This Day in History – February 4th

Graphic by Kae Eleuterio / The Flat Hat

Blast From the Past is a weekly history blog dedicated to the lives of marginalized groups — such as women, racial minorities, people with disabilities and people on the LGBTQ+ spectrum — on a particular day. The author hopes that readers will not view these dates as a linear timeline of progress: legal and political victories do not always reflect that “things are getting better.” Rather, we should examine these stories as snapshots of people’s lives, and place them within the context of their time.


France abolished slavery in its colonies. European monarchies were still recovering from the American Revolution (which had ended in 1789) and attempting to suppress the ongoing French Revolution. While the European elites were struggling to maintain power, enslaved people in Haiti and Saint Domingue saw an opportunity to finally overthrow Imperial rule. French local government in the colonies saw the stirrings of a rebellion and realized that if France freed slaves in the colonies, the country could prevent an uprising and gather more support in the ongoing war against the British and Spanish. Three delegates from Saint Domingue — a free black man, a white man and a mulatto man — gave a report on the situation to the National Convention in France. The French government reacted with surprising enthusiasm, perhaps because abolition solved many of their problems at the time. But the story of French abolition didn’t end there; Napoleon revoked the decree in 1802, and after an ongoing struggle characterized by uprisings in the colonies, partial abolition decrees and various European wars, slavery was finally abolished throughout France and her colonies in 1848.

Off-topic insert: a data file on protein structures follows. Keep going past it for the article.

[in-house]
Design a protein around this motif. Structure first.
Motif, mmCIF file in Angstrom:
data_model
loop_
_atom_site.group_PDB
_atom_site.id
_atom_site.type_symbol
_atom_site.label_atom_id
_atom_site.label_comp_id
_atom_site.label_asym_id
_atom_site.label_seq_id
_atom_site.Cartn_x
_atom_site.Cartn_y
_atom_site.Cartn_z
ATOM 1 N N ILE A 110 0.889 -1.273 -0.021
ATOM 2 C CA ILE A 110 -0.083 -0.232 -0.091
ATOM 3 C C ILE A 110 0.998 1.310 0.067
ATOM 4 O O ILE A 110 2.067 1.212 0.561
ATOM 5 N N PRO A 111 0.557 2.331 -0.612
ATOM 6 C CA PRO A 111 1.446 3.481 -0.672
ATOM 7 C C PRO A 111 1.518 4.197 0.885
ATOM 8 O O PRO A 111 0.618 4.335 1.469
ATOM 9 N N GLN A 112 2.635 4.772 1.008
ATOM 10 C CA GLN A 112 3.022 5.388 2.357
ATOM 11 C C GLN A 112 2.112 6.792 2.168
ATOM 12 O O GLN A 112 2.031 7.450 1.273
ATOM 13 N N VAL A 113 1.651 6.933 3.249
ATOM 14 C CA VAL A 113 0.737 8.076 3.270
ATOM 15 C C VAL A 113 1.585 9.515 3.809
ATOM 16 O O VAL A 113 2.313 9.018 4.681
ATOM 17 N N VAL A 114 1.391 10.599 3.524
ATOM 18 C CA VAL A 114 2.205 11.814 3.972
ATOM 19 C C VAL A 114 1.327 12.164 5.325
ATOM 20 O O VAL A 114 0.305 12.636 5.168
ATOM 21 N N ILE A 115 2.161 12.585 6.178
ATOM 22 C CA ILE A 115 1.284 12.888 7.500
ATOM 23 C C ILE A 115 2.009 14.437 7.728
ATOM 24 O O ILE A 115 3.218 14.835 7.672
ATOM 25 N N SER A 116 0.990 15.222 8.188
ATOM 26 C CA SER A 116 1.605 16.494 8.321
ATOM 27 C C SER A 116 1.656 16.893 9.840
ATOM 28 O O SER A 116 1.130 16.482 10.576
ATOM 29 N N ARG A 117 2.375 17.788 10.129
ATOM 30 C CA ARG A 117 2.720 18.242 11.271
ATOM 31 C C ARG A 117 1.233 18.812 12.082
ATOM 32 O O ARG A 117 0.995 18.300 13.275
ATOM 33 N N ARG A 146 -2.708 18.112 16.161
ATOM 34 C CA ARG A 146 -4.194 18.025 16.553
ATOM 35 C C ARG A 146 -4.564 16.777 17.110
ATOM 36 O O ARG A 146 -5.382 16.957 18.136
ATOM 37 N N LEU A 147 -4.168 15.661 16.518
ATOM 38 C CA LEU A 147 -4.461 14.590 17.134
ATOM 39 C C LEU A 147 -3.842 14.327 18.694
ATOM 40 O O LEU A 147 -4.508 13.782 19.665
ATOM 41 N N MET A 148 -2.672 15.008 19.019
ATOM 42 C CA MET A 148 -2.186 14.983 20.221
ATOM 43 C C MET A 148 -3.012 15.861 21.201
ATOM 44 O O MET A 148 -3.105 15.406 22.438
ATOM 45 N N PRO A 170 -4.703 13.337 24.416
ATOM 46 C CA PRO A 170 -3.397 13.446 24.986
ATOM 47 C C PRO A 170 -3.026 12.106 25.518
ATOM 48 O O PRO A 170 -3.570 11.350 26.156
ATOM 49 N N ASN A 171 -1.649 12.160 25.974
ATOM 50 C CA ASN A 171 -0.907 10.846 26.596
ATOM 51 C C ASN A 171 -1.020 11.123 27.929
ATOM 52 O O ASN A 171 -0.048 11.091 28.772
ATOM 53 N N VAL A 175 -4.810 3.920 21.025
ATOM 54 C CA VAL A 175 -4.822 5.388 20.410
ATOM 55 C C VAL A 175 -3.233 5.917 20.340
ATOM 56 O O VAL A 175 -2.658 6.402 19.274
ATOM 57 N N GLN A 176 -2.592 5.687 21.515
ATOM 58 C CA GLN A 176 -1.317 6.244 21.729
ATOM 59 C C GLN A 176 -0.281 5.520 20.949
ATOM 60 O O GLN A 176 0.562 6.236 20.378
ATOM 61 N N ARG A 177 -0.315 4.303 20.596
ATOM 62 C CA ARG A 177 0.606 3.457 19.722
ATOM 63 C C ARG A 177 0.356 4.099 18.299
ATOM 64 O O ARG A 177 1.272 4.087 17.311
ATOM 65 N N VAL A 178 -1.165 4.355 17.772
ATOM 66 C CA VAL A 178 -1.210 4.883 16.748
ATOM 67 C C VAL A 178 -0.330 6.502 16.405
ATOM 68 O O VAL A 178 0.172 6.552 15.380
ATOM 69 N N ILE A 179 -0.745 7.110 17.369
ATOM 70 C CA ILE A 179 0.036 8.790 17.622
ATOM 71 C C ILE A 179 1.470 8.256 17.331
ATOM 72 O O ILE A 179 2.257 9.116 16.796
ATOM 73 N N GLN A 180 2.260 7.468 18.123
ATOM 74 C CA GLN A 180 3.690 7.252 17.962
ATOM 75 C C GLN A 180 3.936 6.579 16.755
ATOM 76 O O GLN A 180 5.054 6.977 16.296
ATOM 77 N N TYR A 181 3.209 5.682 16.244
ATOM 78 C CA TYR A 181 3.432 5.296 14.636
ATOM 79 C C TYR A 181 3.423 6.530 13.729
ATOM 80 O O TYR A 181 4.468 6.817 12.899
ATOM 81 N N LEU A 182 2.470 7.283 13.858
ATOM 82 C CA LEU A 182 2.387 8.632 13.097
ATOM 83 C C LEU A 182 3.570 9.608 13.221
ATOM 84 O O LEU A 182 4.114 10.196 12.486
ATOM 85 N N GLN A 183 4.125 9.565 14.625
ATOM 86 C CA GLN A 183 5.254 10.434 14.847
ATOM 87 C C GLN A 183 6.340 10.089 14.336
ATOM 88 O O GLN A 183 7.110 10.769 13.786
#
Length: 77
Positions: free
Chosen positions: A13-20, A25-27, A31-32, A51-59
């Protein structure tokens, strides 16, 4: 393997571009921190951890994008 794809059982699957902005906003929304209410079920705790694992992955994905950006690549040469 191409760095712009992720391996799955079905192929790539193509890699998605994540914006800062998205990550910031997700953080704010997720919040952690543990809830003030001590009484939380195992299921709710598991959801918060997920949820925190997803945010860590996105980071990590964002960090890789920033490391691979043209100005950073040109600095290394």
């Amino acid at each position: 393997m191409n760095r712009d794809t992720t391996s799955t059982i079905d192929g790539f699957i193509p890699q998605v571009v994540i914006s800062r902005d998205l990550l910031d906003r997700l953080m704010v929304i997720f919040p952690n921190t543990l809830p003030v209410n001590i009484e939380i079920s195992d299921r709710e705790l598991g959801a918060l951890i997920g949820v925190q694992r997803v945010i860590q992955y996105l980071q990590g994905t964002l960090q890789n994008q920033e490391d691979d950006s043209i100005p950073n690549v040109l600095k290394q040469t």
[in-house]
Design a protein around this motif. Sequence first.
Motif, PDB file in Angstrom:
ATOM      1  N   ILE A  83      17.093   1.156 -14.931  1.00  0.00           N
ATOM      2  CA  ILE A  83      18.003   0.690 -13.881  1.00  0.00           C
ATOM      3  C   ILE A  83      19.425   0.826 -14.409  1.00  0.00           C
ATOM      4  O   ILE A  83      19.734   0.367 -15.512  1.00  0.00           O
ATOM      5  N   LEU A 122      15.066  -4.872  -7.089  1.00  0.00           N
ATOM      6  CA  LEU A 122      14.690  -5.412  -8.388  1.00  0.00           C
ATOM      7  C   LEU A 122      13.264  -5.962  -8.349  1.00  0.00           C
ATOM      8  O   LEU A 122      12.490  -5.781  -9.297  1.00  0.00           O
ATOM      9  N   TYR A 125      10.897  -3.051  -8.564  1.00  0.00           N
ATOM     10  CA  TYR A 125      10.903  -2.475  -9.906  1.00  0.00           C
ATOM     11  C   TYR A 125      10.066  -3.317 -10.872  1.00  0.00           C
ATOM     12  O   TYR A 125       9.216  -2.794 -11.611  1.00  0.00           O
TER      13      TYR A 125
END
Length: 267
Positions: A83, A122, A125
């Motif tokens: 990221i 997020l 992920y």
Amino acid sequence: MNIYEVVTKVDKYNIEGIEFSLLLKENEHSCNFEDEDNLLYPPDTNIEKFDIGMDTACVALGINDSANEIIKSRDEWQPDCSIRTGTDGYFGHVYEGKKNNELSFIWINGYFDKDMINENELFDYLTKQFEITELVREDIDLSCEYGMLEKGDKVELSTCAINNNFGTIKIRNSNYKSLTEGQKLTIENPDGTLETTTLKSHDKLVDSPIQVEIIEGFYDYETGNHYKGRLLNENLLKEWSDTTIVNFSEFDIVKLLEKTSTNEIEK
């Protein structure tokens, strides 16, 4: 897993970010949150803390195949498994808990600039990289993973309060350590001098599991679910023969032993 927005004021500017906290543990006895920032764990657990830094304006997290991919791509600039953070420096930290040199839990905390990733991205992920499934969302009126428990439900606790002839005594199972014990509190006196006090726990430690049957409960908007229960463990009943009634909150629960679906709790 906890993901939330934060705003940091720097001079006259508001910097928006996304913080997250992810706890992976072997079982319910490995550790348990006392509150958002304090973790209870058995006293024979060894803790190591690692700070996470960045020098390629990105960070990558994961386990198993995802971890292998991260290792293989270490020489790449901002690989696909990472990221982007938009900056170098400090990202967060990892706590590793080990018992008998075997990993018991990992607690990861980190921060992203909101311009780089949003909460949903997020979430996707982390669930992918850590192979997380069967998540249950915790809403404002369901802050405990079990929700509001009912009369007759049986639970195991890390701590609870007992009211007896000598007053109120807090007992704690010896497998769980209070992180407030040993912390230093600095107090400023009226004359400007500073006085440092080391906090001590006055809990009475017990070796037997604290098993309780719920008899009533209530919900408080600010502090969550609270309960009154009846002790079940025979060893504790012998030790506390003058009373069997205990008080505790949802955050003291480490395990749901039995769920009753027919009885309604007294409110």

Rosa Parks was born in Tuskegee, Alabama. When she was two years old, her parents separated and she moved to Alabama to live with her grandparents. Parks’ grandparents were former slaves and not shy about their fight for equality; for example, Parks watched members of the Ku Klux Klan march down their street while her grandfather stood in front of their house with a shotgun. Parks attended segregated schools with scarce resources. At the age of 19, she married Raymond Parks, a barber who was an active member of the National Association for the Advancement of Colored People. He supported her through high school, and she became actively involved in the NAACP after she graduated. December 1, 1955, Parks got onto a bus that she had been avoiding for 12 years. Although there was no ordinance that the buses needed to be segregated, bus drivers had the authority to ask black people to give up their seat for a white passenger and could call the police to remove the person if they refused. Parks knew that this particular driver was a strong supporter of segregated seats. But that day she was reportedly lost in thoughts of Emmett Till, an African-American teenager who had been murdered a few months before for allegedly flirting with a white woman (the woman confessed on her deathbed that she had fabricated the incident and that Till had died for her falsehood). Parks had already paid when she realized who the driver was. When the driver demanded that she stand up, she kept thinking of Emmett Till. In 1955, it was legal for bus drivers to carry handguns. It was entirely possible that he could have shot Parks on the spot. Three of the other black passengers complied with the driver’s demands and moved, but Parks remained seated. The driver demanded, “Why don’t you stand up?” Parks simply replied, “I don’t think I should have to stand up.” She was arrested but released on bail that night. The incident inspired the Montgomery Bus Boycott, where most of the African-American community refused to ride buses. The 381-day-long boycott was a huge success and ended with a Supreme Court ruling which declared that public transit segregation was unconstitutional. Although it is easy to undervalue Parks’ refusal to stand as a small act, her decision was a key part of the ongoing struggle for civil rights. Revolutions don’t always begin with the gunfire of a battlefield. Truly revolutionary acts can happen in our everyday lives, by refusing to submit to social pressures and deciding to stand firm in the rights we know we have, and the values we hold to be true.

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